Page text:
Johnson & Johnson Vaccine Could ‘Supercharge’ NYC Efforts

Mayor Bill de Blasio holds a media availability in City Hall. Tuesday, February 23, 2021. (Ed Reed/Mayoral Photography Office)

The single-dose Johnson & Johnson vaccine, which the FDA has signaled is effective and safe and will be shortly approved, could be a “difference maker” for New York City’s efforts to vaccinate the elderly.

The Johnson & Johnson vaccine “will supercharge our effort,” said Mayor Bill de Blasio at his press conference on Tuesday. The city hopes to vaccinate 5 million residents by June; Johnson & Johnson told Congress it intends to ship 20 million doses by the end of March.

City health officials do not yet know how many doses would be allocated to New York, said Dr. Jay Varma.

“If everything falls in line with what we anticipate it will show, which is that these vaccines, even with a single dose are highly effective at preventing hospitalizations and deaths, then this is just great news,” said Dr. Varna, but he cautioned much remains uncertain. “[We’re] kind of at the whims of what the federal government is able to allocate to New York City specifically, as well as of course what the manufacturers can actually produce themselves.”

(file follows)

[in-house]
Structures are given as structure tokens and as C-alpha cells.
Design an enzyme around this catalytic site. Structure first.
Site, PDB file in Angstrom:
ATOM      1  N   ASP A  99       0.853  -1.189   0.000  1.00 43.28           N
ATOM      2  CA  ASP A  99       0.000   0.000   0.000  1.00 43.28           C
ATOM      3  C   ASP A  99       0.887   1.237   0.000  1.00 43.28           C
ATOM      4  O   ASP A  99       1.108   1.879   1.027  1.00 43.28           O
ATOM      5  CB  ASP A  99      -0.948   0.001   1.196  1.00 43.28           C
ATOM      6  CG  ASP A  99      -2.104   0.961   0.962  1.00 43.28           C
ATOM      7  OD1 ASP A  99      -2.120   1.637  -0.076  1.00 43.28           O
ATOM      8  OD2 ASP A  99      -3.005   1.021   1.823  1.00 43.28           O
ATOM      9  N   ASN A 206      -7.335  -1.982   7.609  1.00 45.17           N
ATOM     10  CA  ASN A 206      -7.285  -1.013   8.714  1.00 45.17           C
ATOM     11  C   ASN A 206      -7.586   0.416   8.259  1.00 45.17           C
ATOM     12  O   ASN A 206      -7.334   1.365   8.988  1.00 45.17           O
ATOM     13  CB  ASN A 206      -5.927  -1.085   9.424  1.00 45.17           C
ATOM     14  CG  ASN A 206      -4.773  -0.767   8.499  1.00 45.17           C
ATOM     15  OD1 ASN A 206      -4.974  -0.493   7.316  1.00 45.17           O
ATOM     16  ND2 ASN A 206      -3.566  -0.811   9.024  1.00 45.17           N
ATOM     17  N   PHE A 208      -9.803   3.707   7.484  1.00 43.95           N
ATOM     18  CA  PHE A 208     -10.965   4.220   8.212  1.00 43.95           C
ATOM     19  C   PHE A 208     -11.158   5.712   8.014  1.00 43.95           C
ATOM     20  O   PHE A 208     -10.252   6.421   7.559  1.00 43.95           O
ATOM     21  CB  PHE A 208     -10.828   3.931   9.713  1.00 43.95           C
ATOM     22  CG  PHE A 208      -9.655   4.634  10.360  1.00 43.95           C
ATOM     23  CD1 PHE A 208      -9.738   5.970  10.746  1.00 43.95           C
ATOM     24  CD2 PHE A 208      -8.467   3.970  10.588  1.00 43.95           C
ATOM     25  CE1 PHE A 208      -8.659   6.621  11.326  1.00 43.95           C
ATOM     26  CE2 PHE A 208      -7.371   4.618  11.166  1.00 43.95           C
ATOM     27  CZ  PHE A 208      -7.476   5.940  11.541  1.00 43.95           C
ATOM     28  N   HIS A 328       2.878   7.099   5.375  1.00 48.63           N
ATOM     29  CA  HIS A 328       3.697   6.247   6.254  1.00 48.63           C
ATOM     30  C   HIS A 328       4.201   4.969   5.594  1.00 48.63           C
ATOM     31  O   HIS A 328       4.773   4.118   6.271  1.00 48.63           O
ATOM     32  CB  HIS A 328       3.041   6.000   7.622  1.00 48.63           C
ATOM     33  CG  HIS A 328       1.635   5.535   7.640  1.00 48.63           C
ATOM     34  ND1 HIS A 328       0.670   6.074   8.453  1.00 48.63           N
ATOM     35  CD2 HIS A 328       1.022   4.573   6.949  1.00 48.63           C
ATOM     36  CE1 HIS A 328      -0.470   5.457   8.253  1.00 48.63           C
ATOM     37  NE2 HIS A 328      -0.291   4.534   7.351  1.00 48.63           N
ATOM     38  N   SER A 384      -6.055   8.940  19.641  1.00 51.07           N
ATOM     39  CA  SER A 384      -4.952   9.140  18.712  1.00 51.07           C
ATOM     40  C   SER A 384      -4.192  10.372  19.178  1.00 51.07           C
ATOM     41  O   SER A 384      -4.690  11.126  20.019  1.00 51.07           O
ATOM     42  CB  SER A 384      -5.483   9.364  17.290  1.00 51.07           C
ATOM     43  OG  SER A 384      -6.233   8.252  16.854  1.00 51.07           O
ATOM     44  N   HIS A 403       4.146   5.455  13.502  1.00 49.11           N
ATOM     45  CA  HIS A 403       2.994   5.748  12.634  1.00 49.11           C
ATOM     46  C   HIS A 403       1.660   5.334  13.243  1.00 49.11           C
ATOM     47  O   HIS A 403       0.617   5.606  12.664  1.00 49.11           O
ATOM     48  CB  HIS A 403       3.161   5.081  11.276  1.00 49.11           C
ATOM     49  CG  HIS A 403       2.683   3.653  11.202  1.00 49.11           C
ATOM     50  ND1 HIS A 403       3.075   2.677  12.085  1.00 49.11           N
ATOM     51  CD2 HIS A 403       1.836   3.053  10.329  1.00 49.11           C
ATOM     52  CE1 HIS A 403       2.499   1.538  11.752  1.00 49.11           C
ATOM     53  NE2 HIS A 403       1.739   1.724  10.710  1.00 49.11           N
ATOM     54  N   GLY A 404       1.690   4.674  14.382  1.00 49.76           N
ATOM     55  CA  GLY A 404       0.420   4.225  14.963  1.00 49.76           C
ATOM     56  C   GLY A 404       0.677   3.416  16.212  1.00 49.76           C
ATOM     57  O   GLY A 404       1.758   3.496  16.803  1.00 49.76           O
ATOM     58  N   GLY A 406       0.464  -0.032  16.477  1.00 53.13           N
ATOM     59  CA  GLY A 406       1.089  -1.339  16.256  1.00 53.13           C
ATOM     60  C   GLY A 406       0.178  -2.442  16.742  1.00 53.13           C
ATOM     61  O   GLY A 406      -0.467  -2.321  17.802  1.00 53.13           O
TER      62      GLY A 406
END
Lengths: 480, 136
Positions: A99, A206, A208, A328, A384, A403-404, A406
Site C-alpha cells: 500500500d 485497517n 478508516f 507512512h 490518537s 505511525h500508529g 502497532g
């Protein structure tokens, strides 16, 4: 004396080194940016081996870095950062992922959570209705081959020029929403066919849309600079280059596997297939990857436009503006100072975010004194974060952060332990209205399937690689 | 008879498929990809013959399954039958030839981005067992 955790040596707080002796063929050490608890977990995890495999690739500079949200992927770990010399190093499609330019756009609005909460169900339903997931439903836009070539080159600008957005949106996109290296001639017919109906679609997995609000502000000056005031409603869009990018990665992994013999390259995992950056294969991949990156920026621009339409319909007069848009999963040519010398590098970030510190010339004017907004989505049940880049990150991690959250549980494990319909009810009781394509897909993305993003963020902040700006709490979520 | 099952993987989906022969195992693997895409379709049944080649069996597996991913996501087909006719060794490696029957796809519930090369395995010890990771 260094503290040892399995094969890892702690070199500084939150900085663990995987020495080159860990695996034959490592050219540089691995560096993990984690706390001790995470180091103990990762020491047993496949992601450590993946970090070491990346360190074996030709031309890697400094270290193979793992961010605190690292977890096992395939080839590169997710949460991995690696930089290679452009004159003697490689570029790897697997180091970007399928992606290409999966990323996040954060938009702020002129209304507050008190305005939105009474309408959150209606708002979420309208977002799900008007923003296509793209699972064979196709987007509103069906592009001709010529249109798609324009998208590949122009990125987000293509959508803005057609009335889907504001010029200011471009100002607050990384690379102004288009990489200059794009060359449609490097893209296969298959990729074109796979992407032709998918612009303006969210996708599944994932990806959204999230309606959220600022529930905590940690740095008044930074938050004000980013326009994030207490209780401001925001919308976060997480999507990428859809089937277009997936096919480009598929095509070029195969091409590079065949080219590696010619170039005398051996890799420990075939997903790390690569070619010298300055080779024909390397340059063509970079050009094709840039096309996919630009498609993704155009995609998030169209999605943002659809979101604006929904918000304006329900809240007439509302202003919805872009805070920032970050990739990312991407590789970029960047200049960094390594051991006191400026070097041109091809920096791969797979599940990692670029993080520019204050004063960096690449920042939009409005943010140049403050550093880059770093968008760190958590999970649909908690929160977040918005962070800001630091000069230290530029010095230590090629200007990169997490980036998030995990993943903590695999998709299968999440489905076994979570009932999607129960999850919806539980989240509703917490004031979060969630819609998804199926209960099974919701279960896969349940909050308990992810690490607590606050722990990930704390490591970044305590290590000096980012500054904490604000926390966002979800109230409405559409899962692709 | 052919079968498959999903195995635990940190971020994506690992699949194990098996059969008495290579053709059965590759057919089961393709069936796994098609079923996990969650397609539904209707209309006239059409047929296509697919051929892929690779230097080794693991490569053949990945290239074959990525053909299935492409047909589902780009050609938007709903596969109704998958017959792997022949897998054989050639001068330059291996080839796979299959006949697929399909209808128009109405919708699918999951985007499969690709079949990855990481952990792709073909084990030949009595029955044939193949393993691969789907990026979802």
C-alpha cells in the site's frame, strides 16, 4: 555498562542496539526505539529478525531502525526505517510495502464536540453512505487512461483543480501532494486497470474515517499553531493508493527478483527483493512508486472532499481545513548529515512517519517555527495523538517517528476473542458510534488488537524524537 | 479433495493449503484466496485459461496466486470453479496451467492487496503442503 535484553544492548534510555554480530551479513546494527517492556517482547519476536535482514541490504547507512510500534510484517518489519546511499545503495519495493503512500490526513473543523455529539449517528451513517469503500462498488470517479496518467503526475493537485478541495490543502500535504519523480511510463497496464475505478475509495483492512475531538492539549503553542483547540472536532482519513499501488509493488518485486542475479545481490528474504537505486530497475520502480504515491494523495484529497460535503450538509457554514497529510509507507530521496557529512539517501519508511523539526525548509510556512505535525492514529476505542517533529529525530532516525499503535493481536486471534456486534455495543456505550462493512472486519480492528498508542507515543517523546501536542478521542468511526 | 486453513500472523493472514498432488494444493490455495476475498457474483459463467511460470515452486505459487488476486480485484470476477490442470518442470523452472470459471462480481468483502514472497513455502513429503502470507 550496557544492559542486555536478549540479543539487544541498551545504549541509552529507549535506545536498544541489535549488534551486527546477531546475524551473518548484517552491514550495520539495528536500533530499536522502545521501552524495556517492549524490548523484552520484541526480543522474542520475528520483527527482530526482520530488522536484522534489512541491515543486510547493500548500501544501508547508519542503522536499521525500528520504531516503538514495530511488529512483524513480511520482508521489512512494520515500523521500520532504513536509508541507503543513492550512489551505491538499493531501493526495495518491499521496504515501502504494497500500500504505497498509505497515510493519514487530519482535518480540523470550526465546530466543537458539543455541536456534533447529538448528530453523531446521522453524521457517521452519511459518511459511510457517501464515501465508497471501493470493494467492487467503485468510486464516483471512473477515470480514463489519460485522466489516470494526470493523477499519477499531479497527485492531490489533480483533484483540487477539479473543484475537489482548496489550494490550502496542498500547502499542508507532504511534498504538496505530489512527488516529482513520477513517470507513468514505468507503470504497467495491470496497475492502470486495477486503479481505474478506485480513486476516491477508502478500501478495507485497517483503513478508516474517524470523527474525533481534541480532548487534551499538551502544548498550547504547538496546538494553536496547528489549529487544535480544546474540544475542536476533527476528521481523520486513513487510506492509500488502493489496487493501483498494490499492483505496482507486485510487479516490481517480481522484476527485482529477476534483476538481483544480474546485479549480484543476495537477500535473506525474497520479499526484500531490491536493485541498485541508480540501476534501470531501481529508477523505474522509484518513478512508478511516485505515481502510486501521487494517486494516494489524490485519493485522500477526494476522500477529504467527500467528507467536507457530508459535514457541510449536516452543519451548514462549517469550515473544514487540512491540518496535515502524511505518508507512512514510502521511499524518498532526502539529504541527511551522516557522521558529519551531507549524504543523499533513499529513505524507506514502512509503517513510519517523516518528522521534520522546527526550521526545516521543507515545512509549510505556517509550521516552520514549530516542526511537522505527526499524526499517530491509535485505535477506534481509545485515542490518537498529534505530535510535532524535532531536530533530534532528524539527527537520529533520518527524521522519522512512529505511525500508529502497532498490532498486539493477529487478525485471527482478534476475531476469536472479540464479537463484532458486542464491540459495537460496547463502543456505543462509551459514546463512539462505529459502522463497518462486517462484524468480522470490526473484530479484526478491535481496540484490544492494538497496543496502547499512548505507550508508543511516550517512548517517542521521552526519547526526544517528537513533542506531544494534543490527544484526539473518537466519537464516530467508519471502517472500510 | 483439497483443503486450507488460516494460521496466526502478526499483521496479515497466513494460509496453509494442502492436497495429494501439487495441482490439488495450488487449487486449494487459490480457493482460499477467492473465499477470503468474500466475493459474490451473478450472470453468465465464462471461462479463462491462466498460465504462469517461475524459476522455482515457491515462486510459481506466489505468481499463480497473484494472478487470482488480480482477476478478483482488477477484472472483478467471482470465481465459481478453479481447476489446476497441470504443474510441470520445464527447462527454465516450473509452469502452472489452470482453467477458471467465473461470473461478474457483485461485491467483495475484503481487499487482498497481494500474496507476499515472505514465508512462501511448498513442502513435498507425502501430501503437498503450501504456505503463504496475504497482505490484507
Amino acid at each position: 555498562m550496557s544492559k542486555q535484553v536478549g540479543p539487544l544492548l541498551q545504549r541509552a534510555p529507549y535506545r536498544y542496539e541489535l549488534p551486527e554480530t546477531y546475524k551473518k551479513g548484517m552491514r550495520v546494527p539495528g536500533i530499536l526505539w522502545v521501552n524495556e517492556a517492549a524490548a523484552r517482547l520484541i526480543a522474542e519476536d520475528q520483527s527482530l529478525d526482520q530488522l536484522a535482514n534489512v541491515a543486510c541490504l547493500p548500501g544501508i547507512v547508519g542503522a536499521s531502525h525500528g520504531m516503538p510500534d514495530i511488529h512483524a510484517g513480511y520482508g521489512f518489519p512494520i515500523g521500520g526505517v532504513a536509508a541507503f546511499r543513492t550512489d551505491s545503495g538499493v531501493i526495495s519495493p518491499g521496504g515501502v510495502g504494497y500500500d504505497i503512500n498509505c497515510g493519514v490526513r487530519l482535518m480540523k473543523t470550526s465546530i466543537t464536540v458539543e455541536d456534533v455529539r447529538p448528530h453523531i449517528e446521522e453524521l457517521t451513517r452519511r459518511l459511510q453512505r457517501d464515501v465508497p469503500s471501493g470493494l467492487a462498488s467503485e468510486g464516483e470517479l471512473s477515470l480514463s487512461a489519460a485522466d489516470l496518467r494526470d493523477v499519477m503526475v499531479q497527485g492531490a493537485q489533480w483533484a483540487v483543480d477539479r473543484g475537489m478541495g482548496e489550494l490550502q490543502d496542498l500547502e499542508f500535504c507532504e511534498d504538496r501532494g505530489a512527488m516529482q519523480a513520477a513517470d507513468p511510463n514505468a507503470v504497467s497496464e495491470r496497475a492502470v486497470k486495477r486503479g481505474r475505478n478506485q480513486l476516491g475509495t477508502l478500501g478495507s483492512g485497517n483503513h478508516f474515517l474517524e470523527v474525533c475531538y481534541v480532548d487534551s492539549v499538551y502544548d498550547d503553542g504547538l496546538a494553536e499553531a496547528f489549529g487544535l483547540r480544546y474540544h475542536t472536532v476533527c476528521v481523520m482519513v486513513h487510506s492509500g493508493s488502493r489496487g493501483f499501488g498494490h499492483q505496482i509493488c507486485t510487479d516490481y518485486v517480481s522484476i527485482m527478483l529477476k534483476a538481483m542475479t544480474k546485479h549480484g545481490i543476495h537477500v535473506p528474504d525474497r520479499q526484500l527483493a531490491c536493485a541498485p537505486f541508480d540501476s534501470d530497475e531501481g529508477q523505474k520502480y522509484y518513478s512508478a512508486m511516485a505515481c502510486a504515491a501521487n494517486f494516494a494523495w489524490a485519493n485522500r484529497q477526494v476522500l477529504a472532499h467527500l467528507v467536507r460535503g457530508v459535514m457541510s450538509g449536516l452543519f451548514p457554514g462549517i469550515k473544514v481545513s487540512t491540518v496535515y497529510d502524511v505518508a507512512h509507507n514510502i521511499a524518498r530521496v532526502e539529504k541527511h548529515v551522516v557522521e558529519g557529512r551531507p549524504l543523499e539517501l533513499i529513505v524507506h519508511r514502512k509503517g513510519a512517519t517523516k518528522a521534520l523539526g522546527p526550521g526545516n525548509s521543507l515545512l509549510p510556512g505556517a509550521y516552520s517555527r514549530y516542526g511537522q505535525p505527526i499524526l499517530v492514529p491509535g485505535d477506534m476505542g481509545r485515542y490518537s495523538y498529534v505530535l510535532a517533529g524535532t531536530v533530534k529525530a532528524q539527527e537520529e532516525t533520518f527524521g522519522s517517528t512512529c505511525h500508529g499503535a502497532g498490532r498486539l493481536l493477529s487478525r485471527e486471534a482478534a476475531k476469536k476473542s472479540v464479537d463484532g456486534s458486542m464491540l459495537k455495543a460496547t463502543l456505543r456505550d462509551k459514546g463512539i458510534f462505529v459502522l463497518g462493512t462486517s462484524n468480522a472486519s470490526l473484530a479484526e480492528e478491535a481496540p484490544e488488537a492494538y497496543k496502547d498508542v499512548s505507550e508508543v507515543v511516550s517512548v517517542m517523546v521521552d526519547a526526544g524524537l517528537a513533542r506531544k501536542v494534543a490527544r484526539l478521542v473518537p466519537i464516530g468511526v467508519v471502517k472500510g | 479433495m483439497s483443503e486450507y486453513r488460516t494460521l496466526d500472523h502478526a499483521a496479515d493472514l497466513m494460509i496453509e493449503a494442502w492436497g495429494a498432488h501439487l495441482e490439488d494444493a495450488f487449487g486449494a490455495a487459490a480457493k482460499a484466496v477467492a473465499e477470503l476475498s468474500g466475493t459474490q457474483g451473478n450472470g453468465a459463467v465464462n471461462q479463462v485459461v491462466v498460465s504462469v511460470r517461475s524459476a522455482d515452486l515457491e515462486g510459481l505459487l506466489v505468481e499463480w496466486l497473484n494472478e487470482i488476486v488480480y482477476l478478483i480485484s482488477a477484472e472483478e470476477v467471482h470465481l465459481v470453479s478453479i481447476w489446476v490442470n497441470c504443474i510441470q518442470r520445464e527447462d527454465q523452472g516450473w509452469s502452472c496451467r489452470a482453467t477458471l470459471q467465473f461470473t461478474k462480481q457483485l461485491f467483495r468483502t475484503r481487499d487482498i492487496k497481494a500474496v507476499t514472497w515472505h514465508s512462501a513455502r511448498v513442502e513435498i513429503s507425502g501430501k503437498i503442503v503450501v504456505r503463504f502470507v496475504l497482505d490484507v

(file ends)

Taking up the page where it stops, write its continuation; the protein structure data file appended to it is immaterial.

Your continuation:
The Johnson & Johnson vaccine is 66% effective, while Moderna and Pfizer are more than 90%. The Johnson & Johnson vaccine advantage is that it is only one dose and can be stored in regular refrigerators, making transpiration and distribution easier. In those vaccinated, there were no reported cases that led to hospitalization or deaths.

If the FDA approves it in an announcement on Friday, the vaccine can begin to shipped out to states.

For New York City, it will be a boost to the city’s efforts to vaccinate the elderly and those with disabilities in their apartments, rather than putting the pressure to get to appointments on homebound individuals and their aides.

“We’ve been working with a number of different agencies and clinicians who have the experience of already taking care of people in their homes—for example, home-based primary care clinicians as well as visiting nurses who already provide many healthcare services in people’s homes,” said NYC Health Commissioner Dr. Dave Chokshi. Once the city has a system of storage and distribution, “we will be ready to very rapidly do the door-to-door or in-home vaccination for homebound seniors.”


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